When doing outreach to all Latino communities there needs to be a clear degree of cultural sensitivity and competence, more so when discussing serious matters like income, legal status, employment, and health. Being multi-culturally competent and sensitive requires more than just wanting to be understood. It demands a clear sense of perspective as to the issues that affect a population, norms around culture, faith, and gender, and knowledge of the socio-political factors that have a bearing on the livelihood of a community.
In order to successfully engage and inform individuals one needs to be aware of sensitive subject areas that will cause mistrust or disengagement from the health enrollment process. Understanding the diversity within the Latino community as a whole ought to facilitate your working relationship with this group. The most important rule around engagement is not to assume based on general stereotypes of the Latino community.
Communicating with individuals in their preferred language is an important practice. Language is a critical component of the Latino community and serves as a mainstay of any culture. Equally important is the manner in which you communicate with consumers you are hoping to assist.
- Do: approach a person to say hello in the language you are comfortable and equipped to successfully communicate about health insurance. By their response to your “Hello. How are you?” you will be able to gauge their comfort level with the English language and then engage accordingly.
- Don’t: make assumptions about Latinos based on language abilities or preference to use a particular language. Judgments on levels of education, legal status, place of birth, or income levels should not be based on language fluency. Just because a person does not speak English does not mean they are less educated about their health insurance options. Conversely, do not assume that someone who speaks English understands the new coverage options available due to the Affordable Care Act.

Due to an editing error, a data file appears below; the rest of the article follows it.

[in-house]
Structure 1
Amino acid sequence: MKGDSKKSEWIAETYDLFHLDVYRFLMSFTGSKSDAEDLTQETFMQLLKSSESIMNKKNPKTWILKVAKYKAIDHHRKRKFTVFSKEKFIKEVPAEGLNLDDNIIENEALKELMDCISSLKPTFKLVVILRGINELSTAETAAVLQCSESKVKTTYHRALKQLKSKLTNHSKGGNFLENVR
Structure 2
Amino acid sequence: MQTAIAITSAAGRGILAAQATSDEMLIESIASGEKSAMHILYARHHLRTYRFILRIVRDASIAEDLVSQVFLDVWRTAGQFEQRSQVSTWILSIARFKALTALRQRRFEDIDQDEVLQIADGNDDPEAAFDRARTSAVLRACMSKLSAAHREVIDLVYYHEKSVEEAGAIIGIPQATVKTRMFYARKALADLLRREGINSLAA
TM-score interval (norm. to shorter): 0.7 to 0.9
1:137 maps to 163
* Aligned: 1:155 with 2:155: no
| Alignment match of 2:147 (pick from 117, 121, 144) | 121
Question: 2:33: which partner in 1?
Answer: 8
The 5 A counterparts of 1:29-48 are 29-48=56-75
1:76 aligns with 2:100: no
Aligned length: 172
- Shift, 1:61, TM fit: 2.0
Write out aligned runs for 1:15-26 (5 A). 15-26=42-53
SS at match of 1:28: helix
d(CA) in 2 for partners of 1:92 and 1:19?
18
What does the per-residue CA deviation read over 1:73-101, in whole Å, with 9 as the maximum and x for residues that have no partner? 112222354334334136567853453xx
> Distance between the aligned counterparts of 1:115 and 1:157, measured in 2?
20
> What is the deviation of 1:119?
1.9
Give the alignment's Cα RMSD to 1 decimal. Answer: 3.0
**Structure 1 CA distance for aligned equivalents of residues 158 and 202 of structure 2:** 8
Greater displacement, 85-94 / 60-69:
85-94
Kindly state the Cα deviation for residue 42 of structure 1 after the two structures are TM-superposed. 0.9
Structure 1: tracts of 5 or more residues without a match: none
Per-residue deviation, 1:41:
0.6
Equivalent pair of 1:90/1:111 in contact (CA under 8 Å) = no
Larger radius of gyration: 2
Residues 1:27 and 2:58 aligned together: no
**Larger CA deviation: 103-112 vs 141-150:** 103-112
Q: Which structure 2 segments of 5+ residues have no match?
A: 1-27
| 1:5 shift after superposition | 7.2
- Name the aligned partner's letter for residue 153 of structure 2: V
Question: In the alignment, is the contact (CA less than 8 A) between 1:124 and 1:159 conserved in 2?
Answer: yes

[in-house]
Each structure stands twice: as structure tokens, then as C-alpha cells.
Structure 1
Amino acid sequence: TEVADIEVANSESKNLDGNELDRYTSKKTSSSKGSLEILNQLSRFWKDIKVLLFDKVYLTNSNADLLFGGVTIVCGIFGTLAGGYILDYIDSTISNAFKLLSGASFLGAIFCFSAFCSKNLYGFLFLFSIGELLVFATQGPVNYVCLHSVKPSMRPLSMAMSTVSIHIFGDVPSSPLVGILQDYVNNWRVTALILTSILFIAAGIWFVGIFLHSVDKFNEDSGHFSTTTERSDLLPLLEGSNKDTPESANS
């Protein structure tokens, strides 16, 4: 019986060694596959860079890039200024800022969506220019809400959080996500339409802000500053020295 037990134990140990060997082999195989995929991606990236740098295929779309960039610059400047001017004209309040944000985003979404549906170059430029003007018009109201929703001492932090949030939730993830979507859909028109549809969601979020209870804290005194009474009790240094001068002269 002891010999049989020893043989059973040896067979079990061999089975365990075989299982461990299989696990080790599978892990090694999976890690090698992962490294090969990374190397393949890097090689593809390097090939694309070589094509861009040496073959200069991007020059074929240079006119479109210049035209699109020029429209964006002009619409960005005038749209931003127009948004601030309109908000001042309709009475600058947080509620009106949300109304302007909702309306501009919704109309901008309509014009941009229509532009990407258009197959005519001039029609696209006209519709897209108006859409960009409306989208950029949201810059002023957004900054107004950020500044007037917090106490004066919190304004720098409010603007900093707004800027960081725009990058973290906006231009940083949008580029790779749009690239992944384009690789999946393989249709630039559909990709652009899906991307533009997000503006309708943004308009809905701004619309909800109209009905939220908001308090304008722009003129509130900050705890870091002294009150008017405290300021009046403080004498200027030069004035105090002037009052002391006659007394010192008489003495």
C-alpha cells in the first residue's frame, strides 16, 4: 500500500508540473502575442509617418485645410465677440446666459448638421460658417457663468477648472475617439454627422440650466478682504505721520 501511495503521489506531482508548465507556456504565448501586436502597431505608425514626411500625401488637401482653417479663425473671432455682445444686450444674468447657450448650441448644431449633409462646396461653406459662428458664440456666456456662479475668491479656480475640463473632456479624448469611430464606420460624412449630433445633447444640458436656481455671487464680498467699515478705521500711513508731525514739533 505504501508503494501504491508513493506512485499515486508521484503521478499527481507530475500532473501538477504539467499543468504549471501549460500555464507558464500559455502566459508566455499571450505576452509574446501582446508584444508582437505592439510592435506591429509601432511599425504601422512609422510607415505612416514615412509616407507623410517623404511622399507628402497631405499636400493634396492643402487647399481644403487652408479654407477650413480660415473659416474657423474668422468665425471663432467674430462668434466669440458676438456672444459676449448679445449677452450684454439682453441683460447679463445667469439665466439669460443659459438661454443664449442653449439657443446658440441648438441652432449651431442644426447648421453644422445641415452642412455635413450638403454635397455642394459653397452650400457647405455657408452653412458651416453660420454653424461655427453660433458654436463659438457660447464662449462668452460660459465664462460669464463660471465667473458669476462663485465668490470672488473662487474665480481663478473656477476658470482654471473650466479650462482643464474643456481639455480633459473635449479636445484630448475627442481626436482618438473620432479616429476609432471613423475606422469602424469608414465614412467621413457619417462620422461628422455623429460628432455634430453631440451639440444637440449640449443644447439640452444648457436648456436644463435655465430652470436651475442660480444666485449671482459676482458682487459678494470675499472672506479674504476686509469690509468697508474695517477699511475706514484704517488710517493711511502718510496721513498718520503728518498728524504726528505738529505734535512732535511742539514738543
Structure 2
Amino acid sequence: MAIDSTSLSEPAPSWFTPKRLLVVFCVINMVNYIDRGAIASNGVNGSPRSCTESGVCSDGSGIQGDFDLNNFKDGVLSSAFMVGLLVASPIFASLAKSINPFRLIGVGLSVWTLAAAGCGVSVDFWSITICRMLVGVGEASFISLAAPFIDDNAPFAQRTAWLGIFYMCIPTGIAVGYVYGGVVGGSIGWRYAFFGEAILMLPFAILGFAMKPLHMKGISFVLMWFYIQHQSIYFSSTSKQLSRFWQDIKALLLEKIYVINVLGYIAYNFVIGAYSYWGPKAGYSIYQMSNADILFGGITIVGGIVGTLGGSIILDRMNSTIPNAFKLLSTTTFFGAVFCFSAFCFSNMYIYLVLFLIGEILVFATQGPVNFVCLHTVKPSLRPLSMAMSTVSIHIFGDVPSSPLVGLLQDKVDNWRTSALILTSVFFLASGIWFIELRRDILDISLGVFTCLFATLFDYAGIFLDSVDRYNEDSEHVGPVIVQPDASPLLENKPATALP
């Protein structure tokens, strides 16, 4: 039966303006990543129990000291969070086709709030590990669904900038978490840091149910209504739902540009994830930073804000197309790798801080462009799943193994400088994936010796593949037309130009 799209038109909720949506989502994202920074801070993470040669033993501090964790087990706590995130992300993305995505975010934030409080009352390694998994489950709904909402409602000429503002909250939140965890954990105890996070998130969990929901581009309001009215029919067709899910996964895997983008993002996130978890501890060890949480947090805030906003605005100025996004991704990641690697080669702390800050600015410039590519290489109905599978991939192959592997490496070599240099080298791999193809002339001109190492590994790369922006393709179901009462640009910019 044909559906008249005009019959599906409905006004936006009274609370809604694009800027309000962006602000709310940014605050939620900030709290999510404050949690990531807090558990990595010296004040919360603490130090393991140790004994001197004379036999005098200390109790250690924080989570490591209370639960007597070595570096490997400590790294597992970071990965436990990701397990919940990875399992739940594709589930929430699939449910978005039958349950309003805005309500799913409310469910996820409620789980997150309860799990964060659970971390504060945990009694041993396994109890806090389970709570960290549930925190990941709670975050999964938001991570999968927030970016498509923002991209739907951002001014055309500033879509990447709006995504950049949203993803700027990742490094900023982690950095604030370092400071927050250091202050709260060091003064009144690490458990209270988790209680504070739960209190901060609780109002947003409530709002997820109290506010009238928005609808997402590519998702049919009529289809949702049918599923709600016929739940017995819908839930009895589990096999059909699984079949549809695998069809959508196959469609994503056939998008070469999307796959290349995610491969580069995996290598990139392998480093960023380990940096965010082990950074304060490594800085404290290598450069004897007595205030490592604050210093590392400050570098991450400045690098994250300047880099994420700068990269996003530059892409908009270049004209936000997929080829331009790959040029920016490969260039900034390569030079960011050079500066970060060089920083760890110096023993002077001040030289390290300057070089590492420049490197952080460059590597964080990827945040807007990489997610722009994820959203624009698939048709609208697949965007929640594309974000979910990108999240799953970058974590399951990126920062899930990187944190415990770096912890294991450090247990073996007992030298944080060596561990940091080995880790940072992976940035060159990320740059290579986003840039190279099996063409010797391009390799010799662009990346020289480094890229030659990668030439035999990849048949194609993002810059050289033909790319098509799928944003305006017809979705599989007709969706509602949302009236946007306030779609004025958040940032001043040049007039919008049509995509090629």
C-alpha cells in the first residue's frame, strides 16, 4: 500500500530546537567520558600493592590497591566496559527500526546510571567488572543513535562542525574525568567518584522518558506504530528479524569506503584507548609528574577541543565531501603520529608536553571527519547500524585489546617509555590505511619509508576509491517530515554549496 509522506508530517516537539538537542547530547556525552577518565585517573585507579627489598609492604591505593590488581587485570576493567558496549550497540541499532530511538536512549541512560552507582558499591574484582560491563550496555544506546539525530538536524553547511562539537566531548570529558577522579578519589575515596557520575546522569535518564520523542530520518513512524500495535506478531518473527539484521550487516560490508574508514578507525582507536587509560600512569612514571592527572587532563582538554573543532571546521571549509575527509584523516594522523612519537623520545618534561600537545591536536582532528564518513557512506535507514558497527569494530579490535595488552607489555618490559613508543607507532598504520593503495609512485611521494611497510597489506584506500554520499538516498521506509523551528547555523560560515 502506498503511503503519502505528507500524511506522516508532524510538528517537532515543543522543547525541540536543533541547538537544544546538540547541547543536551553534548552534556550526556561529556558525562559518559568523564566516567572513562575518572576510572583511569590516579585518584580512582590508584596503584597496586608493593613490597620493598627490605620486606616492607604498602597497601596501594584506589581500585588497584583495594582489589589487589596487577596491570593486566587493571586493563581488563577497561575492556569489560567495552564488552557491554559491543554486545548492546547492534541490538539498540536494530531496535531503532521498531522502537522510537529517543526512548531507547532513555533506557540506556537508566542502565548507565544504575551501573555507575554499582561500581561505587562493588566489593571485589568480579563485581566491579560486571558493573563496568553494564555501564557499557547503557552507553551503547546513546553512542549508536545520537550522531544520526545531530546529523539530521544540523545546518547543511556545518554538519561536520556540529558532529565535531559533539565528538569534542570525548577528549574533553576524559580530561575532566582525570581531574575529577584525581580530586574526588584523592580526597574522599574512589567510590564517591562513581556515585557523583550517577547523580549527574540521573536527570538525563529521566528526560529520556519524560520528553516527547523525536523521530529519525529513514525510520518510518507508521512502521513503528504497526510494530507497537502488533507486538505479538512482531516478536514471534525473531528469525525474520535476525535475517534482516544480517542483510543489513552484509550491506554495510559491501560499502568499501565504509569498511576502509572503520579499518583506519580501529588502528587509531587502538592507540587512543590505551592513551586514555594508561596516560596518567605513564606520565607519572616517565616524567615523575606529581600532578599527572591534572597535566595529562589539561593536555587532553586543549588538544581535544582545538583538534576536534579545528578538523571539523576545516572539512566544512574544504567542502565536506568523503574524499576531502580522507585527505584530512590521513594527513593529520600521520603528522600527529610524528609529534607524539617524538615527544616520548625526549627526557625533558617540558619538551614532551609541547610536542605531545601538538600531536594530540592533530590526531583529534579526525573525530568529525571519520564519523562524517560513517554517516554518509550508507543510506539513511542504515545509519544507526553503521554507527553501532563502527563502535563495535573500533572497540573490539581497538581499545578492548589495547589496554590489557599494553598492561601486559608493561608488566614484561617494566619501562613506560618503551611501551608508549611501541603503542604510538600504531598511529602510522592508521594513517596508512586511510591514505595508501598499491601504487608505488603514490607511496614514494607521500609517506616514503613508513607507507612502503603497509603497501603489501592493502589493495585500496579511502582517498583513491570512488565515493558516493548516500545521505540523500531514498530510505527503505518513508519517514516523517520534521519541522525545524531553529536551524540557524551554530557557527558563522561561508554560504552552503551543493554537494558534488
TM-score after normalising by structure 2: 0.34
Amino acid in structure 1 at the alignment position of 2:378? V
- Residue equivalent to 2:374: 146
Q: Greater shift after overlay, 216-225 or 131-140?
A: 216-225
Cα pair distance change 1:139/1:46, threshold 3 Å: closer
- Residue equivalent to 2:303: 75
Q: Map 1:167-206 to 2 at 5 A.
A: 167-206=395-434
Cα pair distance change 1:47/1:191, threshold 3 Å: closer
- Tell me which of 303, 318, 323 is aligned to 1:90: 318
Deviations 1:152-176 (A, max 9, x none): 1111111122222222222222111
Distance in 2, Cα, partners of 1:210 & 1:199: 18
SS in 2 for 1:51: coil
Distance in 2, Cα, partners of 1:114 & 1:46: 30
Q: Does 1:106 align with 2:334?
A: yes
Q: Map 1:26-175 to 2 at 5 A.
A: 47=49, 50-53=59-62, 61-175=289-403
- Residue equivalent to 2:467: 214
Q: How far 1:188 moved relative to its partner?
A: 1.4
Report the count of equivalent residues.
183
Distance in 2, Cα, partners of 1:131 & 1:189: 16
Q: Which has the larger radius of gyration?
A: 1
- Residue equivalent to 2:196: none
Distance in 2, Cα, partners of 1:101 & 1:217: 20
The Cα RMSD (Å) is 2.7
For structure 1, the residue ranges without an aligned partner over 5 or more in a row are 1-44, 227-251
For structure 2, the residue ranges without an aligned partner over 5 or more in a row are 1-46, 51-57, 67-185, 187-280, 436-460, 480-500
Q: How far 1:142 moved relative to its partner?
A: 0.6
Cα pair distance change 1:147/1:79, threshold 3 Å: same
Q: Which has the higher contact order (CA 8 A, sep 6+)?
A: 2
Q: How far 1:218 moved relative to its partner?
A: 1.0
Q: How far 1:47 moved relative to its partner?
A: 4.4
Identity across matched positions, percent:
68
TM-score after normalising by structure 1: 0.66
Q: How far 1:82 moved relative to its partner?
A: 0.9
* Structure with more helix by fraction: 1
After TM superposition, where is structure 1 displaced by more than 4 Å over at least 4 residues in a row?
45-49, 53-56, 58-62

Income and Education
Income and education are important topics but can be of high sensitivity to Latino consumers.
- Do: explain that based on their income, they may be able to get financial assistance to help pay for the cost of coverage.
- Don’t: take Latino families’ or individuals’ opposition to share information as a lack of interest. Not everyone is open to discussing their income, occupation, or level of education. The reluctance to share such information does not translate to lack of employment, education, or financial stability. Keep in mind that financial stability for one person is different to another. Latinos are known to have lesser representation when it comes to bank accounts, investments, or saving accounts, but it does not mean they lack access to liquid cash or purchasing power.
Individual’s legal status can be a subject of fear and vulnerability.
- Do: work to build trust with Latino consumers, to provide as much information around health coverage options and to create a space where they are comfortable communicating without having to share their legal status. Furthermore, it is important to be aware that legal status in the U.S. has many variations. Simply because someone is not a citizen or legal permanent resident does not mean they are not part of a qualifying protected group that might be able to get health coverage through the new health insurance marketplaces – especially children. (Qualifying groups are provided in the Mixed Status Family section). If a person does share that they are undocumented or that a member of their family is undocumented you must reassure them that although the undocumented family member does not quality for health coverage there are still resources available via community health centers and other organizations without specific legal restrictions. Make sure you develop a list of these local resources if you are in area that might have a large population of undocumented people because you will be able to better reach all members of the household. It is also important to encourage their family members to apply for coverage.
- Don’t: ask if they or someone else in the family is undocumented. Also, do not assume because a person is Latino, because they might have a low-wage occupation, because they primarily speak Spanish, or because they don’t care to share their legal status that they are probably undocumented.